All solvents were of analytical or HPLC grade and were purchased from Sigma-Aldrich. Double distilled water was used throughout all the experiments. 2,2′-Azobis(2-methylpropionitrile) (AIBN), 2-butanone, 2-cyano-2-propyl benzodithioate (CTA/RAFT agent), 2-ethylhexyl methacrylate (EHMA), chloroform, diethyl ether, di(ethylene glycol)methyl ether methacrylate (DiEGMA), pyrene, fetal Bovine serum (FBS), hexane, oligo(ethylene glycol)methyl ether methacrylate (OEGMA300), phosphate buffered saline (PBS), penicillin–Streptomycin, L-glutamine, Dulbecco's modified eagle's medium-high glucose (DMEM), dimethyl sulfoxide (DMSO), dimethylformamide (DMF) thiazolyl blue tetrazolium bromide (MTT) were purchased from Sigma-Aldrich. Paclitaxel (PTX), Taxus brevifolia was purchased from Fluorochem Ltd. Squalenoyl-gemcitabine (Sq-Gem) was synthesized by our previously published synthesis route.21

One pot synthesis of poly(DiEGMA-co-OEGMA300)-b-EHMA (P1) by RAFT polymerization

DiEGMA (6 mmol, 1.107 mL), OEGMA300 (4 mmol, 1.143 mL), AIBN (0.02 mmol, 3.3 mg) and CTA (0.08 mmol, 18 mg) were dissolved in 2-butanone (8 mL) in a 25 mL round bottom flask. The reaction mixture was sealed with rubber septum and purged with argon for 10 minutes. The polymerization started by placing the vessel in an oil bath at 75 °C and was left under magnetic stirring. After 24 hours, EHMA (4 mmol, 896 μL) was dissolved in 3 mL 2-butanone purged with Ar, and introduced to the reaction via a fine needle. The reaction was stopped after 24 hours by cooling down the reaction and exposing it to air. The polymer was precipitated in excess hexane, dried under reduced pressure, and collected as a pink viscous fluid (yield: 78%). The targeted DP for hydrophilic block and hydrophobic block were 120 and 50 respectively.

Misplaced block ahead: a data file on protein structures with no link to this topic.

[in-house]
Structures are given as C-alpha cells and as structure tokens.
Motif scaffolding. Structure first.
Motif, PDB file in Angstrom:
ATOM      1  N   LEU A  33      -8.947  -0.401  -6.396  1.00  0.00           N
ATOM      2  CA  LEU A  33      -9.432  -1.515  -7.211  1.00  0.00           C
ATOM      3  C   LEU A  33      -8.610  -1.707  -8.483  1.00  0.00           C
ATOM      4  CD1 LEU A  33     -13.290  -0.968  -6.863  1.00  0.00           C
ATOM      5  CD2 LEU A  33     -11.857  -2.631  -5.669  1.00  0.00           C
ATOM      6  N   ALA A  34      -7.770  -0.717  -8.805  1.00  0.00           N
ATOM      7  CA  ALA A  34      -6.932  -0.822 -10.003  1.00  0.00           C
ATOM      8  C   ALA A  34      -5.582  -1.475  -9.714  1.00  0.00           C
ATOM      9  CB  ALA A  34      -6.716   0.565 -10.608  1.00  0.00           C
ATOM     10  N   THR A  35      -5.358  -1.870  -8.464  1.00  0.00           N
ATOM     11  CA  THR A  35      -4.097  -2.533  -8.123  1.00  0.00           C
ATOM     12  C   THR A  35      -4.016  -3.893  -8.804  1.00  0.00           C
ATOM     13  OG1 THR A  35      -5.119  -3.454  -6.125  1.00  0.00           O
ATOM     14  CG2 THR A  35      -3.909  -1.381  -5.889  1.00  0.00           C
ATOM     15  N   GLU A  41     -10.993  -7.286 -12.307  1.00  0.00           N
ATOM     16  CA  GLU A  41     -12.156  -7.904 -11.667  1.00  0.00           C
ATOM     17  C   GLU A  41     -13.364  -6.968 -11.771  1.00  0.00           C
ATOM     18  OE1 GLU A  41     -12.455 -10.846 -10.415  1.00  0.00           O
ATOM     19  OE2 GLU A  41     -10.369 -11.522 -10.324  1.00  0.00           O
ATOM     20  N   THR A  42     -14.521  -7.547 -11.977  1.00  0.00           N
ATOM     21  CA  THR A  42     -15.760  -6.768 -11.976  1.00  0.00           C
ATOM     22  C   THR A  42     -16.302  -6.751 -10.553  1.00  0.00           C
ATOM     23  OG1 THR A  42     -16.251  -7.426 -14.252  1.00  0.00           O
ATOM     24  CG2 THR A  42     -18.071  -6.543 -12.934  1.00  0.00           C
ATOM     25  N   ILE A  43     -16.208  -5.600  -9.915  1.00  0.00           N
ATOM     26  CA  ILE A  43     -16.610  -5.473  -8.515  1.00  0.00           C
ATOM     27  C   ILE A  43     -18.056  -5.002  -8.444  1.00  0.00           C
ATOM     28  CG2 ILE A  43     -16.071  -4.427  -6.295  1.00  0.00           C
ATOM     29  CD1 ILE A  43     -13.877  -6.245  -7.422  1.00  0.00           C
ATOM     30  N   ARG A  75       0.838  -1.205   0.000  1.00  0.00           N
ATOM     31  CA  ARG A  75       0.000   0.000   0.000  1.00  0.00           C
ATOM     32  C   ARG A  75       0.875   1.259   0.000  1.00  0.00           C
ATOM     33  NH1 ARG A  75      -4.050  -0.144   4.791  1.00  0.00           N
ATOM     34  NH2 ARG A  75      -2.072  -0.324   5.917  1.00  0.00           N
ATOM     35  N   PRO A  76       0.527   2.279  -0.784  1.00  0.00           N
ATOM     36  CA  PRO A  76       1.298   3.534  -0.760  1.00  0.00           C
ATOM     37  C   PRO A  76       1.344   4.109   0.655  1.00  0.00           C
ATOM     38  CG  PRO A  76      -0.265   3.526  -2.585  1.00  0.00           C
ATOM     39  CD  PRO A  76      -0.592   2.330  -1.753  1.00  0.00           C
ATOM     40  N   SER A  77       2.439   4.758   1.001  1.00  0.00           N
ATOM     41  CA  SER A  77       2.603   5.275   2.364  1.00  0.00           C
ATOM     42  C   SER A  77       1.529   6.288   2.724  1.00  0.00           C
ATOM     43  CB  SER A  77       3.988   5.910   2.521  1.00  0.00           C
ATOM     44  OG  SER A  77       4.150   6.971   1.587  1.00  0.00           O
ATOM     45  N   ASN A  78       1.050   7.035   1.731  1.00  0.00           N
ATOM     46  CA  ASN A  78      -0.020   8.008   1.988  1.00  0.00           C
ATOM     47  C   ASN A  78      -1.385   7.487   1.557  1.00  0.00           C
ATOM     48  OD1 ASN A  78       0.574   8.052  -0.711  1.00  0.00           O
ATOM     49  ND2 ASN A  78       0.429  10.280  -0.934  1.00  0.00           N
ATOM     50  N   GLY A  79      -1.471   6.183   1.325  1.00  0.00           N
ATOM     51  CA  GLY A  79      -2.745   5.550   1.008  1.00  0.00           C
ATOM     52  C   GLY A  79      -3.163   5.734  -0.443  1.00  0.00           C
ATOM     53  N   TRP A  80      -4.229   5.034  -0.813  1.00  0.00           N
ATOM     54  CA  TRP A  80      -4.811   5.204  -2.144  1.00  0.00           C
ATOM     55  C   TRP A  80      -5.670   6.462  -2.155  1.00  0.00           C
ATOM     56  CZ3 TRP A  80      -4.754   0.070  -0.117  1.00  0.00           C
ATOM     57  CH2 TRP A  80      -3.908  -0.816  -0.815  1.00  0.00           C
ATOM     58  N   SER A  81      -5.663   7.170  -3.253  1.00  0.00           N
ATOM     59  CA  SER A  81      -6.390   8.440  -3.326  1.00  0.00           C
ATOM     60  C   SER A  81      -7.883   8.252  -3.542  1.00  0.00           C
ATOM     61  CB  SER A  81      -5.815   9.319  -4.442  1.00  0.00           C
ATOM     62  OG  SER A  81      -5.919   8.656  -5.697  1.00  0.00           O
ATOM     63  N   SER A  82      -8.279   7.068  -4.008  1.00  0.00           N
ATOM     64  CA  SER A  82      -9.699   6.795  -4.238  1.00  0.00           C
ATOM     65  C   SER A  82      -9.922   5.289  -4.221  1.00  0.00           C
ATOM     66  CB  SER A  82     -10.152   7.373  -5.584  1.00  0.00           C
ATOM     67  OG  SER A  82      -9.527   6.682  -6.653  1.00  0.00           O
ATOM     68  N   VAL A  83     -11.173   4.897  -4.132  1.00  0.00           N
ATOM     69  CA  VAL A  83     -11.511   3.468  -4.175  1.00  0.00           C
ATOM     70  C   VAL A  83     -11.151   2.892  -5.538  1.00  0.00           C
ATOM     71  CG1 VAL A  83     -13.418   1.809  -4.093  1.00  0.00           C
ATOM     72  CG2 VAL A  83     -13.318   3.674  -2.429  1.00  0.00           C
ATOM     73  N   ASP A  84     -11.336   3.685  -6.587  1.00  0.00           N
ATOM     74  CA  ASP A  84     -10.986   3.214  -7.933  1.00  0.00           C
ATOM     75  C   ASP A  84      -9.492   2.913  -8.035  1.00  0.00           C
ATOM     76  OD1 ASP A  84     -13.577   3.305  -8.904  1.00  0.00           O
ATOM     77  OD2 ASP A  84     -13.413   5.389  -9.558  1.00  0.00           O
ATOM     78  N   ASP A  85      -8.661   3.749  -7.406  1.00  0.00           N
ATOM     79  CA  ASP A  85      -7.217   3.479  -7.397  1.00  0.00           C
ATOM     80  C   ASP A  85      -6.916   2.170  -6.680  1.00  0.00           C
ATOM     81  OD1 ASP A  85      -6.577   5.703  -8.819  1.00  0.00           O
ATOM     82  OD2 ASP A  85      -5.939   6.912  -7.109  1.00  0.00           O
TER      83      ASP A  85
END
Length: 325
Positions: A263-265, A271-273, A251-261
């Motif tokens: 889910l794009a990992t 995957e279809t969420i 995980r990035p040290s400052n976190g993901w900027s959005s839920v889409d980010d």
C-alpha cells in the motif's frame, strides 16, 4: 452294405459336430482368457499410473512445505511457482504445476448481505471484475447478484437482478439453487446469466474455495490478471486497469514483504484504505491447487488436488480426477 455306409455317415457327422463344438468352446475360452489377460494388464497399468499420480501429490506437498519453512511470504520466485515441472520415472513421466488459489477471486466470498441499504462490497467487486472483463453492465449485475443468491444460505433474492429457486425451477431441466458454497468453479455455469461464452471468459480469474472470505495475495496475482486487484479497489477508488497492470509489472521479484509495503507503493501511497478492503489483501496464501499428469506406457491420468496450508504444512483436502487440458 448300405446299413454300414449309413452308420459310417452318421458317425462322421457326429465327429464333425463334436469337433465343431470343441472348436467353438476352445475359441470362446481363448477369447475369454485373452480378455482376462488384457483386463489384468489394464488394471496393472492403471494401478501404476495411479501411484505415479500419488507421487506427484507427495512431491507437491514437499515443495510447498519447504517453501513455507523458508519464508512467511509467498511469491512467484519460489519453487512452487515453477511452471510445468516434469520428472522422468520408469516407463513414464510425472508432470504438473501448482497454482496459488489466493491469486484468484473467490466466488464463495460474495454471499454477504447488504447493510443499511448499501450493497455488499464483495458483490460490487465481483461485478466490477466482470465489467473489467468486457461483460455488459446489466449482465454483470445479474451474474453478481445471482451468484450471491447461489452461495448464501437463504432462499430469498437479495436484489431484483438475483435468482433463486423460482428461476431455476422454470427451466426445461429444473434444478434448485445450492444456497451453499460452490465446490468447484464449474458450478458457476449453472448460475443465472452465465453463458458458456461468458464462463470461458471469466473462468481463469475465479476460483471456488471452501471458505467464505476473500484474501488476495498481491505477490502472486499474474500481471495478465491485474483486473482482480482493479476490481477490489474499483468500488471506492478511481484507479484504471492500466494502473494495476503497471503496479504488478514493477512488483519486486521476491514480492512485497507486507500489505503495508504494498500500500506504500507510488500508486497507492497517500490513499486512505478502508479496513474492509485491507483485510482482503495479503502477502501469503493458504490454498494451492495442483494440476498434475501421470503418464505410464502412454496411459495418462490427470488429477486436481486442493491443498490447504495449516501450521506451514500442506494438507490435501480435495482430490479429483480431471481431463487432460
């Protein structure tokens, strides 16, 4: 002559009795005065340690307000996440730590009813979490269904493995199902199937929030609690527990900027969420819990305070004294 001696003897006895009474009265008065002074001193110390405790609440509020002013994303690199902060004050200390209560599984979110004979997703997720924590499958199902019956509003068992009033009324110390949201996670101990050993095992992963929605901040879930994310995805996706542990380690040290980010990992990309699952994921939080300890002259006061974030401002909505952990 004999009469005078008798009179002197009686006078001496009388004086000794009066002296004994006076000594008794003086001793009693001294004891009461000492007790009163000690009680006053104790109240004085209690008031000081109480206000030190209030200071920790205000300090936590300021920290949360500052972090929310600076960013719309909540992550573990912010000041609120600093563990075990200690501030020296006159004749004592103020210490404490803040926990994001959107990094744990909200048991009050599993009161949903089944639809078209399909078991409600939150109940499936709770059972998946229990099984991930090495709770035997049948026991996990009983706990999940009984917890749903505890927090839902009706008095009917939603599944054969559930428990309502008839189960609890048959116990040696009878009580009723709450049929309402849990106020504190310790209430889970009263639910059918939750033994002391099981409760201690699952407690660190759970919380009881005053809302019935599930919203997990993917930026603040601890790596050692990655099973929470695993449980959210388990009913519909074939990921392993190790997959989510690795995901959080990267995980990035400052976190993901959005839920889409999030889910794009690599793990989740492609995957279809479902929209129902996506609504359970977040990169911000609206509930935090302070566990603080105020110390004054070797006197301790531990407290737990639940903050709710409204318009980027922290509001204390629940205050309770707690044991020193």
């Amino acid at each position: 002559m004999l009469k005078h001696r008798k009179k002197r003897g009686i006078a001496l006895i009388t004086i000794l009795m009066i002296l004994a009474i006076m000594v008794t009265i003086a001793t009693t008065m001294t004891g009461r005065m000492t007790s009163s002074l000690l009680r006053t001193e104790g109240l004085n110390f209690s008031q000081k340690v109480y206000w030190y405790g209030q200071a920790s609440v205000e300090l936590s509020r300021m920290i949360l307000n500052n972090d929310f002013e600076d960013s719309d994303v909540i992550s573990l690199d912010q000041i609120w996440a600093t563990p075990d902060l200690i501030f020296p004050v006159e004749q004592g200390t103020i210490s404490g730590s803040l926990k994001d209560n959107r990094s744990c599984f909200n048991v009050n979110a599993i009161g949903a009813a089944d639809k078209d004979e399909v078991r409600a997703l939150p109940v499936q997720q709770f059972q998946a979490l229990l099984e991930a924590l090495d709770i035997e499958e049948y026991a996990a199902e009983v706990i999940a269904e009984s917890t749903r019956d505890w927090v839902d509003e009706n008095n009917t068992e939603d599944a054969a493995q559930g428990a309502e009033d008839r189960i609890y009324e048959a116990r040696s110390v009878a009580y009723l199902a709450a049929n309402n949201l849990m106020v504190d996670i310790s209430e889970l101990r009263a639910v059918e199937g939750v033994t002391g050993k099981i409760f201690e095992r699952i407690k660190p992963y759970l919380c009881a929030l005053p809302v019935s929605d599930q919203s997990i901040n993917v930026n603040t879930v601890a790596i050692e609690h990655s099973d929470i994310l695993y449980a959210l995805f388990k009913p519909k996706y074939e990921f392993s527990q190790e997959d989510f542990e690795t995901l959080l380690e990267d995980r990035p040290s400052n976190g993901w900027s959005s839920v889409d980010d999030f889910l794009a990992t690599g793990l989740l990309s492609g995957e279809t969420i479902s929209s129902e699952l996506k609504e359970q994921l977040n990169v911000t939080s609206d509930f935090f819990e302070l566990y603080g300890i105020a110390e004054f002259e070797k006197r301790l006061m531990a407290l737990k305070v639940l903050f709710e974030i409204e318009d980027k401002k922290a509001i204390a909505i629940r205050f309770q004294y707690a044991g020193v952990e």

Synthesis of fluorescent polymer for cellular uptake assessment

A co-polymer of DiEGMA and OEGMA300 with molar ratio of 60[thin space (1/6-em)]:[thin space (1/6-em)]40 and degree of polymerization of 120 was synthesized. DiEGMA (6 mmol, 1.107 mL), OEGMA300 (4 mmol, 1.143 mL), AIBN (0.02 mmol, 3.3 mg) and CTA (0.08 mmol, 18 mg) were dissolved in 2-butanone (8 mL) in a 25 mL round bottom flask. The reaction mixture was sealed with rubber septum and purged with argon. The polymerization started by placing the vessel in an oil bath at 75 °C and was left under magnetic stirring. After 24 hours, the hydrophobic block with degree of polymerization of 50 was synthesized by introducing an argon-purged solution (3 mL, 2-butanone) with EHMA (3.95 mmol, 885 μL) and fluorescein O-methacrylate (FOMA) (0.05 mmol, 20 mg) to the reaction via a fine needle. The reaction was stopped after 24 hours by cooling down the reaction and exposing it to air. The polymers were washed twice in excess hexane in order to dissolve unreacted monomer and precipitate synthesized polymers. The precipitated polymers were dried under reduced pressure and collected as a pink viscous fluid (yield: 73%).

Nuclear magnetic resonance spectroscopy

Liquid state 1H NMR spectra of the polymers were recorded on a Bruker NMR spectrometer (Ultrashield 400 MHz). The polymers were dissolved in deuterated chloroform (CDCl3) for analysis.

Size exclusion chromatography